IT infrastructure: The data centre of the future is still in the making

Data centres are also affected by changing times. Several new approaches that will shape the data centre of the future are already emerging today. The objectives are still the same as they were decades ago: higher capacity, lower costs and more flexibility.

Data centre supplier Emerson Network Power (now Vertiv) outlines what direction the development may take, based on four models for the structure and operation of future data centres:

  • The data fortress: Cyber attacks have already led to failures at large international companies because our increasingly networked world offers hackers ever more weak points. When it comes to data centre planning, some companies thus put the absolute priority on security. For highly sensitive data they set up data pods outside of the network, in some cases even provided with their own power supply and air conditioning, which can therefore definitely be considered a sort of data fortress.
  • Unused resources: Despite the progress achieved through virtualisation, many servers are underused. Several studies show that servers use only 5 to 15% of their maximum computing power and that up to 30% of servers are “sleepers”. In the future companies may well start using shared service models, in order to sell some of their surplus capacity and thus become part of the cloud. Another alternative would be to decrease the size of entire data centres, i.e. fewer components on a smaller footprint. One question nevertheless remains: are IT managers going to admit that they have worked for years with useless but costly systems?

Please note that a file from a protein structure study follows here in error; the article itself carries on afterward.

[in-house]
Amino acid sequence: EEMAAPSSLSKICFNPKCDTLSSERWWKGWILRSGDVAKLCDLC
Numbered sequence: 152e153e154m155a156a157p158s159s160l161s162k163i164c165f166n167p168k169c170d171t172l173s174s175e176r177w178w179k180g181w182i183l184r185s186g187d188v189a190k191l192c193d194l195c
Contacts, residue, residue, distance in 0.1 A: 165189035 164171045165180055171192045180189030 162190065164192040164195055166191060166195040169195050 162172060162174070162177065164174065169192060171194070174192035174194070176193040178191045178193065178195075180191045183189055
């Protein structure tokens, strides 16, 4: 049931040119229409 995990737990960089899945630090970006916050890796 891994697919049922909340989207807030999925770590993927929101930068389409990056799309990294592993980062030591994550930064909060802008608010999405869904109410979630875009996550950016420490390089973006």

• Fog computing: Given the increasing importance of computing at the edge of the network, distributed architectures are becoming increasingly common. Fog computing as presented by Cisco means that several small networks are linked up into one large network. Application services are then distributed at the edge of the network via intelligent devices and computing systems in order to increase efficiency and pool the data processing closer to the devices and networks. This is a logical response to the enormous amounts of data that are to be expected to accompany the Internet of Things.
  • Corporate social responsibility: A company’s social responsibility can also result in a new kind of data centre. Energy efficiency is one of the main challenges facing an industry with a seemingly boundless demand for energy. Factors such as a reduction in the CO2 footprint can, however, also prompt companies to shift towards greater sustainability and social responsibility. This also means that companies would have to considerably reduce energy costs in their data centres.
  • (Source: Emerson (now Vertiv)/bs)